THE chief executive at Queen’s Hospital has said she accepts responsibility for failings which brought it under the spotlight in a national review – but stands by the fact she is the best person to lead it forward.
Helen Ashley admitted she took her eye off the ball in the months running up to last year’s Keogh Review, which discovered some major concerns in the running of Burton Hospitals NHS Foundation Trust.
She put the issue down to the organisation focusing too much on finances and not enough on care, adding that if she had her time again, she would change the way things had been done.
In her first interview since the results of the Keogh review were published, she said: “Our financial challenges are very well documented. For a year and a half we focused very much on the money. I don’t think we did things which had a negative impact on quality in trying to save money, but I don’t think we developed the quality so much.
“I am happy to accept responsibility for the fact that we probably focused on finances, because of the challenges we had to address. Would I do things differently? Of course I would, but I am confident that with the team we have got at the trust we can get on and make the improvements we need to make.”
She confessed that she believed the hospital was ‘a couple of years behind’ in terms of the quality of care it was offering, but insisted much had been done to improve that in the months since the Keogh panel visited.
“We were talking to staff about money and not how they improved quality. It wasn’t that people weren’t doing things to improve care, but it wasn’t the focus or the organisation. In the last few months we have tried to make improvements and have more involvement from our clinical staff, but our finances have now slipped back.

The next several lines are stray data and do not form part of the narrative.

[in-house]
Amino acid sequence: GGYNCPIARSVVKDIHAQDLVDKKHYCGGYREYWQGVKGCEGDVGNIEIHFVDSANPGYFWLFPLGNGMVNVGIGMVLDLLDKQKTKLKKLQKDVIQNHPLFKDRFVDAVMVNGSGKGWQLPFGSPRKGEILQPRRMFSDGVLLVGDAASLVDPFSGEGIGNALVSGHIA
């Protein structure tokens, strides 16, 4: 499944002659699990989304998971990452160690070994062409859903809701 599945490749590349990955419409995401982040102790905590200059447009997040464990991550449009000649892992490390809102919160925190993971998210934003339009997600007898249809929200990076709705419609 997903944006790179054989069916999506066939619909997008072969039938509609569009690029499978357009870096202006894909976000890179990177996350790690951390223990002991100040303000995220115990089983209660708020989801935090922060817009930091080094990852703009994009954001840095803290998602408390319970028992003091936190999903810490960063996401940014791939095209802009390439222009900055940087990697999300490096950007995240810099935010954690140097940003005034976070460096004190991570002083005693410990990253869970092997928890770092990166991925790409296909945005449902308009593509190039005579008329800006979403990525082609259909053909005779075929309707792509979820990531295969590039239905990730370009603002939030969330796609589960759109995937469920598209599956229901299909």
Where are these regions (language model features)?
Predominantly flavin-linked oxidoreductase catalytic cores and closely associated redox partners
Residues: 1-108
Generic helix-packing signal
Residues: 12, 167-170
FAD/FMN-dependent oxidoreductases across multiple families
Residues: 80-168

“In the future, we need to find a way to balance both of those,” she said.
It is now 12 months since the Keogh panel began the review which would turn up major failings at Burton Hospitals NHS Foundation Trust.
A year on, the organisation said all of the urgent points had now been addressed, and some big changes had been made to other working practices at the site.
Chief executive Helen Ashley described the overall experience as ‘positive’ for the organisation, adding: “It has been a good thing for the hospital. Having someone coming in and looking at thing in detail gave us a really clear set of actions we needed to take to improve patient care.
“I don’t think we would have had permission to make the changes we have - and, don’t get me wrong, they clearly needed making – if we had not been part of the review.”
Issues raised by the Keogh team included problems with staffing and the complaints procedure, and a general lack of good communication both with patients and families and within the organisation.
Some nursing staff were working exceptionally long shifts for days on end, because of rota problems, the investigation found. The panel said they were concerned about the impact it could have on care.
Mrs Ashley said the biggest change at the hospitals had been in this area.
“We clearly had an issue with this. We were asking our staff to carry out their duties when they were absolutely exhausted and run ragged. Morale was really low. We have made changes and I would hope patients can see that in the staff who are caring for them. I don’t hear as often of complaints that our wards are understaffed, or staff do not seem to have time for everyone,” she added.
The chief executive admitted last year she had not been aware of the staffing issues at the trust’s three sites.
Organisational changes have also taken hold, with moves taking place to ensure there is more focus on listening and acting on the concerns of patients.